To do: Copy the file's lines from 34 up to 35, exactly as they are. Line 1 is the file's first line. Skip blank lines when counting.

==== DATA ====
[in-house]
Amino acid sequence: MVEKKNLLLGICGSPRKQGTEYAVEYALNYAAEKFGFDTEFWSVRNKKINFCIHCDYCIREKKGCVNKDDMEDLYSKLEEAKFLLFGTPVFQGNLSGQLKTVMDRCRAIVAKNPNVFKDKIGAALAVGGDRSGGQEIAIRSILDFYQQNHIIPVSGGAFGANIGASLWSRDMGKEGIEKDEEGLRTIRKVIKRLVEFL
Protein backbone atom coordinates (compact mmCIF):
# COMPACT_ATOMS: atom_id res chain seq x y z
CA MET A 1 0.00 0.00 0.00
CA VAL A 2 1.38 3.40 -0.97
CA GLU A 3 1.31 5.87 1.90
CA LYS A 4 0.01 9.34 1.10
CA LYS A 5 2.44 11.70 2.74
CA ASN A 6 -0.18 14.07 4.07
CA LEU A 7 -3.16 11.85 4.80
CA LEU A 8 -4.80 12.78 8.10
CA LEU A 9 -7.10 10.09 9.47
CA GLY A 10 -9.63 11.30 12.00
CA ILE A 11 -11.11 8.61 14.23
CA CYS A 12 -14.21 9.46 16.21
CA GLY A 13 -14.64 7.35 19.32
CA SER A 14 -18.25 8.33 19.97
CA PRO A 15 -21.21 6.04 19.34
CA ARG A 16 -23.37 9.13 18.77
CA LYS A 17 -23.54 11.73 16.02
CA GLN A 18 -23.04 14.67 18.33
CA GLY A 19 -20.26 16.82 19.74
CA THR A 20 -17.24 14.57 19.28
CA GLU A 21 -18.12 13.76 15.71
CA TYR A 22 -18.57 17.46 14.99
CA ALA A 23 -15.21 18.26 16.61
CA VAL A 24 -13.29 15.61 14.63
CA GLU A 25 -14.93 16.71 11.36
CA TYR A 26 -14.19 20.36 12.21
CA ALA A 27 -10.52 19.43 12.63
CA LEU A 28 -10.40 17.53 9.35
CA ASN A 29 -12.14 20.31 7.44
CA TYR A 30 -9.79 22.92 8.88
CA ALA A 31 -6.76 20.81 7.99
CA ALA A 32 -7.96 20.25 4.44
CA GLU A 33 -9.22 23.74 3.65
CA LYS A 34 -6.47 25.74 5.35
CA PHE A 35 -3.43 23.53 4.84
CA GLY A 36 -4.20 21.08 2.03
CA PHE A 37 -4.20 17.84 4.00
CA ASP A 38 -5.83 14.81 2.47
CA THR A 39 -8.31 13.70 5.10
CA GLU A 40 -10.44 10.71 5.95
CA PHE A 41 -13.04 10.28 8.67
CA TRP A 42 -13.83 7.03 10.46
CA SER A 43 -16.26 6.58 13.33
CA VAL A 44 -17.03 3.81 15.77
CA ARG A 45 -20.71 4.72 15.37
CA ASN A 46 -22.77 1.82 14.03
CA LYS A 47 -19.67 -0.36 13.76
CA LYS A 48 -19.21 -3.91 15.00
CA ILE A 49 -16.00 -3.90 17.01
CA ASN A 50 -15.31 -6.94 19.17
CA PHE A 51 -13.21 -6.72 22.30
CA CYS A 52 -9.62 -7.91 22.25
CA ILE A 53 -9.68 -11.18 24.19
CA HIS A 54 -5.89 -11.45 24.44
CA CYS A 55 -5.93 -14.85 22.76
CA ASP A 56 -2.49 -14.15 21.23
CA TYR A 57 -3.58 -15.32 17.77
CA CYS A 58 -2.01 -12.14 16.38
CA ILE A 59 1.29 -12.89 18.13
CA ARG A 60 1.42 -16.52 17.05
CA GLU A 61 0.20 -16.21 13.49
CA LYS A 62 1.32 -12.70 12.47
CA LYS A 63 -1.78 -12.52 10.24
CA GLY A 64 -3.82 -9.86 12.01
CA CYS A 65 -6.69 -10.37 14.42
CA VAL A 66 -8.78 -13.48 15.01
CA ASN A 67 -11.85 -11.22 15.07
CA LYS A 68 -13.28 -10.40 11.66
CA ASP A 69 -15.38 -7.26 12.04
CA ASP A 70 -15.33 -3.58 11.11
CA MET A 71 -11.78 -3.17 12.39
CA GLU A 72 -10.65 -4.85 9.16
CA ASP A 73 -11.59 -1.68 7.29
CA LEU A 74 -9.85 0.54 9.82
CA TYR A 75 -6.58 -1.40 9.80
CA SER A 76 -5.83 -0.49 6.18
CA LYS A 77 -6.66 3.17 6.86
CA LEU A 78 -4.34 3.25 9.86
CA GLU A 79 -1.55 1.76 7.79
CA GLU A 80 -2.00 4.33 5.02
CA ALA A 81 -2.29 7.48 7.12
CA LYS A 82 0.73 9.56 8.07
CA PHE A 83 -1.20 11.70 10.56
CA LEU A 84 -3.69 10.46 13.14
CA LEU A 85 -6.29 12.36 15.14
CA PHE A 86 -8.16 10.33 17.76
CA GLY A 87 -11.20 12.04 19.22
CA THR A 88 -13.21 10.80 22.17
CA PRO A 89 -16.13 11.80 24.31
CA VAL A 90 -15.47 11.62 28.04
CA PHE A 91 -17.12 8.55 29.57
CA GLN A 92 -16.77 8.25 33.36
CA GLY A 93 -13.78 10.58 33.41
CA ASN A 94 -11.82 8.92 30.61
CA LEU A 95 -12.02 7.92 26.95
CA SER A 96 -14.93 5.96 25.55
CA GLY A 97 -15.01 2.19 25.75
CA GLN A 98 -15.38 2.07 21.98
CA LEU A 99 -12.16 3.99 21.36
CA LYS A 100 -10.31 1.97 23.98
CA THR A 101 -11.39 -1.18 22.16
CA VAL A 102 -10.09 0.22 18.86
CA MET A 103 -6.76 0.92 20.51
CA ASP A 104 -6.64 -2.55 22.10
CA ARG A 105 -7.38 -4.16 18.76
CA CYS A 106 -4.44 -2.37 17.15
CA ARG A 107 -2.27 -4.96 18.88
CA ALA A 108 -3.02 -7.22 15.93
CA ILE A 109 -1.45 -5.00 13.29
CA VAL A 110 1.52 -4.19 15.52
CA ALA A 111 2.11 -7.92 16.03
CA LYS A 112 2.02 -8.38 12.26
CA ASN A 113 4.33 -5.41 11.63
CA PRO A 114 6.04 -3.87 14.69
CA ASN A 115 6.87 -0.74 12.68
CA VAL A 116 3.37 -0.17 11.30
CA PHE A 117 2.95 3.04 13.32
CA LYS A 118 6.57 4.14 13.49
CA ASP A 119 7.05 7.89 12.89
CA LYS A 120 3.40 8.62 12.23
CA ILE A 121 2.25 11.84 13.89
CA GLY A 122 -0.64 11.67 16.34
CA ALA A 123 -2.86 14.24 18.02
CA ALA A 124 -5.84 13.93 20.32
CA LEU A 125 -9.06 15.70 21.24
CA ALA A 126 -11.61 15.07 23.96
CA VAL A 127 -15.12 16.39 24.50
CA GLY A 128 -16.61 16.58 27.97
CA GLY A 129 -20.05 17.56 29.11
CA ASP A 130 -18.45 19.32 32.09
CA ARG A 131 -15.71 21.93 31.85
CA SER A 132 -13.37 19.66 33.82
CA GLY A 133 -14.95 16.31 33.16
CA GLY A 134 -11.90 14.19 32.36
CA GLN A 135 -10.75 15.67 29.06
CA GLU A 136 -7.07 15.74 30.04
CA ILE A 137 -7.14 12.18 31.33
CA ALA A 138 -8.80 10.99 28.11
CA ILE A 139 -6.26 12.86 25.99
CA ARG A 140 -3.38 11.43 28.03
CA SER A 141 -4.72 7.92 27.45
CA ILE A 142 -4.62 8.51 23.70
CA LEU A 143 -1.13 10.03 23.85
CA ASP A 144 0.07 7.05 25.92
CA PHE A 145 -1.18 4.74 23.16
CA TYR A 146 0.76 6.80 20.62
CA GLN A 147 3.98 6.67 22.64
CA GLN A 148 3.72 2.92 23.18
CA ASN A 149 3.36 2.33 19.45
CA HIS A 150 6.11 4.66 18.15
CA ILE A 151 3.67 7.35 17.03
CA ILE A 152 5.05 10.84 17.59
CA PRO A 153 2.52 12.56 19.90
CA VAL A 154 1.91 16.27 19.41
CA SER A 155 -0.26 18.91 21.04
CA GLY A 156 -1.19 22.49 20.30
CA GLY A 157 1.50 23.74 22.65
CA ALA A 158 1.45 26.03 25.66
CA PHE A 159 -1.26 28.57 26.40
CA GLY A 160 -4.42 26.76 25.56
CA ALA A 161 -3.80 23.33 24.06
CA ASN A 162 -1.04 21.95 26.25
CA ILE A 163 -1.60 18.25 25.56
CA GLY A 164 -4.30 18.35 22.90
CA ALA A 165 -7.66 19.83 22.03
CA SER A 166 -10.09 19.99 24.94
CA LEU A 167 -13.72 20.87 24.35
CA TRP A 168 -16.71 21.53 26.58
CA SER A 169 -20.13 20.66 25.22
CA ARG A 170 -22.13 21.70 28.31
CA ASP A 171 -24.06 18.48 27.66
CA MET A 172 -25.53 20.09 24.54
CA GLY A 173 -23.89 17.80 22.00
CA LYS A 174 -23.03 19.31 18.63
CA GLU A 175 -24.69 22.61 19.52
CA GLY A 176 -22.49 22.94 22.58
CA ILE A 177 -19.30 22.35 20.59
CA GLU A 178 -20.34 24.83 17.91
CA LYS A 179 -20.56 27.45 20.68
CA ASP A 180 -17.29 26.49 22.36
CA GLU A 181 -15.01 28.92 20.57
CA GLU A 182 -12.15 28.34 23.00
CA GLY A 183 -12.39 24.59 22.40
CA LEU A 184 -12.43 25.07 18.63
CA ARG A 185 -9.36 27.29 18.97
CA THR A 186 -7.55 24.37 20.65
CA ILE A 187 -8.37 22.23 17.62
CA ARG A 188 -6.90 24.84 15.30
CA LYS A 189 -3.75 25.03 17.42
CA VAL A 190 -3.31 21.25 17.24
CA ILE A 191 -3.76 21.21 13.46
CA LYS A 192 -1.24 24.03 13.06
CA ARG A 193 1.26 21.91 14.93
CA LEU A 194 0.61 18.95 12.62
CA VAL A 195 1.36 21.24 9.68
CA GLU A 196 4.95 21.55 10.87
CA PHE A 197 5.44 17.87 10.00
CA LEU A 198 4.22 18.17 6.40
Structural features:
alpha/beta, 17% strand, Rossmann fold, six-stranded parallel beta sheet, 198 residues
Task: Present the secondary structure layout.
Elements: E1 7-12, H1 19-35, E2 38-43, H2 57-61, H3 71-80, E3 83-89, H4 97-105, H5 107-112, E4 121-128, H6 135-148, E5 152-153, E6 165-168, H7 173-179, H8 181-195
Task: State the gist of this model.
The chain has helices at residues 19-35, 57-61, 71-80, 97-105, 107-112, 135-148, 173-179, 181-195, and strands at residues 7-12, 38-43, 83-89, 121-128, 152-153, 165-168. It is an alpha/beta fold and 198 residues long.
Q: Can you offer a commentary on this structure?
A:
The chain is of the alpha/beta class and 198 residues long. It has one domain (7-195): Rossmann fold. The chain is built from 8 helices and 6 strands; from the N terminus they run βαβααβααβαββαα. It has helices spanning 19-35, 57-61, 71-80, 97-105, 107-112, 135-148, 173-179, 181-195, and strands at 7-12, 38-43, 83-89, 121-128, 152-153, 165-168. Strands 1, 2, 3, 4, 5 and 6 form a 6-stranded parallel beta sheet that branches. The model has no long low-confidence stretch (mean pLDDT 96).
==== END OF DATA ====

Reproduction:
CA TYR A 30 -9.79 22.92 8.88
CA ALA A 31 -6.76 20.81 7.99